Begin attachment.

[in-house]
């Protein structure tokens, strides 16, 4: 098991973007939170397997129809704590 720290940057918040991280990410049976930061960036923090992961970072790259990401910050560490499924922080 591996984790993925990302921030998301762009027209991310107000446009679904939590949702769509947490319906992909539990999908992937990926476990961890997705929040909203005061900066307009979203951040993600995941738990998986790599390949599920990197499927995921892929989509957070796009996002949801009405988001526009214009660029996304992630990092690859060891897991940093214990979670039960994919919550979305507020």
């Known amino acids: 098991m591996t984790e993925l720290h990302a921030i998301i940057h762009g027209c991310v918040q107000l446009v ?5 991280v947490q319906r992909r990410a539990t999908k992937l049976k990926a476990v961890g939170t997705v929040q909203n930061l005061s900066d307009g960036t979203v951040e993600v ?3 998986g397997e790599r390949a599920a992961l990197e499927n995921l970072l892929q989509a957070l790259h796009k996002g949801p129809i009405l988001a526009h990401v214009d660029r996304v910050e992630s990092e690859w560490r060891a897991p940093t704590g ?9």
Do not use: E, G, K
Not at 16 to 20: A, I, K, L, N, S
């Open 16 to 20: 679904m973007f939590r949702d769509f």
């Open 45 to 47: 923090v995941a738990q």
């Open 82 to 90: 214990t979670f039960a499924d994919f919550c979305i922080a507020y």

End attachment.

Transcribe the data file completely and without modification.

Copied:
[in-house]
């Protein structure tokens, strides 16, 4: 098991973007939170397997129809704590 720290940057918040991280990410049976930061960036923090992961970072790259990401910050560490499924922080 591996984790993925990302921030998301762009027209991310107000446009679904939590949702769509947490319906992909539990999908992937990926476990961890997705929040909203005061900066307009979203951040993600995941738990998986790599390949599920990197499927995921892929989509957070796009996002949801009405988001526009214009660029996304992630990092690859060891897991940093214990979670039960994919919550979305507020």
């Known amino acids: 098991m591996t984790e993925l720290h990302a921030i998301i940057h762009g027209c991310v918040q107000l446009v ?5 991280v947490q319906r992909r990410a539990t999908k992937l049976k990926a476990v961890g939170t997705v929040q909203n930061l005061s900066d307009g960036t979203v951040e993600v ?3 998986g397997e790599r390949a599920a992961l990197e499927n995921l970072l892929q989509a957070l790259h796009k996002g949801p129809i009405l988001a526009h990401v214009d660029r996304v910050e992630s990092e690859w560490r060891a897991p940093t704590g ?9």
Do not use: E, G, K
Not at 16 to 20: A, I, K, L, N, S
């Open 16 to 20: 679904m973007f939590r949702d769509f």
């Open 45 to 47: 923090v995941a738990q």
């Open 82 to 90: 214990t979670f039960a499924d994919f919550c979305i922080a507020y």